“Nonsense!” shouted the king. “Where is my sword? I need to cut this madman’s head off before he spews out more lies with his poisonous mouth!”

The beggar didn’t budge by the king’s threats, but continued and said: “Yes, and this secret cabal will shackle you and your family and everyone close to you in the castle dungeons and use your beautiful daughters and your wives for their pleasure and they will defile your forefathers and remove the rule of your family from the accounts so that no one shall ever again remember your name.”

Then the king jumped towards the beggar and grabbed his throat and jolted him forcefully, but the beggar didn’t give up and said with a stifled voice: “But it is not too late to stop it!”

The king suddenly calmed down, let the beggar free and said: “How can we stop it? Tell me now or I shall make you carry buckets of excrement day and night for the rest of your life.”

“You must establish a new order in the kingdom. The people have become complacent and lazy. They have become ungrateful and deceitful. You must establish a new order that will turn everything upside down and make the people respect the throne like they should. Only a new order can save you from demise, for I have heard rumours that this cabal is quickly advancing in its plans and it will soon begin to execute a horrible measure of action to overthrow you and disgrace your name.”

Short story -– King and the Blind Beggar: Public Humiliation

HumiliThe blind beggar was sitting on a bench in the royal garden, listening to the chirping of the birds and smelling the fragrance of the flowers. Suddenly the beggar heard someone approach — it was the king himself. The king was cursing and grumbling loudly as he walked towards the beggar.

“Finally I found you,” the king said in agitation. “A great tragedy has taken place. You must help me.”

“What is the matter?” asked the blind beggar.

“I was sitting in my sedan chair,” said the king, “carried by my slaves near town square, and suddenly this man, this cursed hoodlum, came near and started mocking me, the king, in broad daylight, in front of all the people. Immediately I ordered my guards to silence the villain, but he was strong and his mouth was like that of a baboon, a fat, ugly baboon. Even while the guards were putting him down he continued with his insults. And a crowd started to gather; it must have been a hundred people! All listening to this man’s mockery of the king. And do you know what the worst part was?”

“What was the worst part?” asked the blind beggar.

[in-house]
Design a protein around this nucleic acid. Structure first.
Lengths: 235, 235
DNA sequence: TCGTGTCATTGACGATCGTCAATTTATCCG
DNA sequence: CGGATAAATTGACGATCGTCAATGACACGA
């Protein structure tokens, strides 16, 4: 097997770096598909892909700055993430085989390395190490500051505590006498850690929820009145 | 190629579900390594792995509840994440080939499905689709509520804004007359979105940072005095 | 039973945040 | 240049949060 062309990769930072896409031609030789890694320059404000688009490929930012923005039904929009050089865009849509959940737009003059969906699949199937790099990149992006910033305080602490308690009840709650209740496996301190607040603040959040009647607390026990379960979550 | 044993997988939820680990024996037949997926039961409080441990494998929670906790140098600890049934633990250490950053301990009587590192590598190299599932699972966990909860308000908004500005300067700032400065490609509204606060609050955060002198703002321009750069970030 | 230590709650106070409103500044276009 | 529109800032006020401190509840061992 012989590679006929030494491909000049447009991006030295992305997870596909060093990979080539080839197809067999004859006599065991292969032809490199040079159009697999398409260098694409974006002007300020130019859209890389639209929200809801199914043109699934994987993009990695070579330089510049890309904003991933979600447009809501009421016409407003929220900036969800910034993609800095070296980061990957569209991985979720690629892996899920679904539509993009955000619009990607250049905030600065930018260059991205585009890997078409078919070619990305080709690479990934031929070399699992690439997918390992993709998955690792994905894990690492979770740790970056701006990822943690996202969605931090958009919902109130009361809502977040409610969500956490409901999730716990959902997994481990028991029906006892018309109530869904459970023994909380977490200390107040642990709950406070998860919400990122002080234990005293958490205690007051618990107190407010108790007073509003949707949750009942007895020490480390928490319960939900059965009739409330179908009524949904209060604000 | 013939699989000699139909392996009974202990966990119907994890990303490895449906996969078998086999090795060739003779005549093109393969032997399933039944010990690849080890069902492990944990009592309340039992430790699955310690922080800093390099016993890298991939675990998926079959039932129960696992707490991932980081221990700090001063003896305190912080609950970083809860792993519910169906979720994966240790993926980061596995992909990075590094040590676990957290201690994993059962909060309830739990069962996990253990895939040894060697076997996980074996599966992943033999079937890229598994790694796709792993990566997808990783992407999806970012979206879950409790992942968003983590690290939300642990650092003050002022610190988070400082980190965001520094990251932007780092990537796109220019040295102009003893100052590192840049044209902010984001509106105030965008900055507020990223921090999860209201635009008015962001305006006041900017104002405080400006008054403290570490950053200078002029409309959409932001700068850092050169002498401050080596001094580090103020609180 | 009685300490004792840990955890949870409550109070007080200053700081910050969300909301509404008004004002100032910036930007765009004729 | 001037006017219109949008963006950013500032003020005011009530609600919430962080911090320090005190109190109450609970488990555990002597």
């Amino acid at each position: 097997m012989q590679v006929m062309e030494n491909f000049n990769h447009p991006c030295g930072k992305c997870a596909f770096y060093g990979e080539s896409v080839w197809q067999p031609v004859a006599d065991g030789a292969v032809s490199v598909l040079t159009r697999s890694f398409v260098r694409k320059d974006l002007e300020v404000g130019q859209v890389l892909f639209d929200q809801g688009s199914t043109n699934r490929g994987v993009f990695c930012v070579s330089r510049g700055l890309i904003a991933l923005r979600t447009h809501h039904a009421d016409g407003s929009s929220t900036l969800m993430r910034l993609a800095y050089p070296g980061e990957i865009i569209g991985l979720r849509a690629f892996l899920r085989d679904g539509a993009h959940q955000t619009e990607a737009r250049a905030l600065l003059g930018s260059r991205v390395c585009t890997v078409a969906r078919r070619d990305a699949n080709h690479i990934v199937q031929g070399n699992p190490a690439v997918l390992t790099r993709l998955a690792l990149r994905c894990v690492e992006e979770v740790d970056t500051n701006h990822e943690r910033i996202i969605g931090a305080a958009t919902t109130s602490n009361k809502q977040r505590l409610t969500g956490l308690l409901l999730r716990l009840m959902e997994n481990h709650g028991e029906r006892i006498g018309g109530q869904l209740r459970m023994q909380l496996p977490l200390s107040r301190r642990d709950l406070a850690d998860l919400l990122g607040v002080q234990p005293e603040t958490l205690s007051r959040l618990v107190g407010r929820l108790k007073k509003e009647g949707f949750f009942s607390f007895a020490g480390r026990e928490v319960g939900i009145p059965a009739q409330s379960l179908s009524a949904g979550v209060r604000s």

“They laughed at the man’s words! They laughed at his mockery! They laughed at their king! A hundred people all giggling and snickering at their beloved king! I have never before in my life felt such anger and embarrassment. I told my guards to shackle the wicked thug and take him to the filthiest dungeon in the castle and then ordered my slaves to carry me away from the crowd as fast as their legs could move. But it wasn’t fast enough… It wasn’t enough…”

“You cried, did you not?” asked the blind beggar.

“Of course I cried!” the king roared. “I cried and they all could see it! They saw their mighty king start to weep in front of them! And again they laughed! Now you must help me solve this monumental problem. The people are now making fun of their king because he cried when a man insulted him. But not for long shall they laugh at me, for I shall once again show them who I really am!”

The blind beggar remained in silence.

The king continued: “I shall bring that man to the town square, make him strip naked in front of all the people, and tell them that the man is a filthy pig, an animal, and that he has been in sexual communion with a diseased horse. That I shall do so that they will no longer mock me but mock that son of a bastard and laugh at him instead of me, their beloved king. Will I hang him? No. Of course not! He must live so that they don’t forget that man and so they can mock him and insult him for many more years!”

“That is precisely what you must do, oh mighty king,” said the blind beggar.

“What?!” exclaimed the king. “I did not search for you for a quarter of the day only to get a consent for my plans to humiliate that man. You brainless fool, you impotent beggar! I came to you for wise advice, for enlightened guidance, and as a king I shall receive what I want.”

The beggar didn’t say anything for a little while, and the king was becoming more and more anxious. At last the beggar said: “If you desire that the people bow down to their king in town square but secretly speak ill of him in pubs, taverns, and street corners, then go ahead and humiliate that man and persecute him and tell lies about him. But if you desire to be a king whom the people truly respect and trust, then it is not enough to merely poke the eye of the man who offended you. If you desire to be a king who can turn his back on his people and trust that no one will stab a knife in his spine, then you must learn to turn the other cheek and be humbled by your own fallibility as a mere mortal. Maybe you ought to talk to that man. Ask him what his reason was for the mockery and insult.”

The king seemed to become nervous and his face turned red. “What nonsense! More and more I am starting to doubt your wisdom, you filthy rat. That man is nothing but a mad goblin, so why should I, the mighty king, humble myself and try to talk reason to such a tainted human being?”

The blind beggar said: “You are right, oh revered king. That man is nothing but a shadow compared to your shining glory, and he may well deserve a good humiliation in front of a hundred people. But then, wouldn’t that be too easy? The people would laugh and enjoy the show, but deep down they would know that it is arranged only to repair the damage done to the king’s mighty ego. For this reason it must be something more powerful, something that will be more shocking than merely ordering the fool to strip naked and dance like a clown in town square.”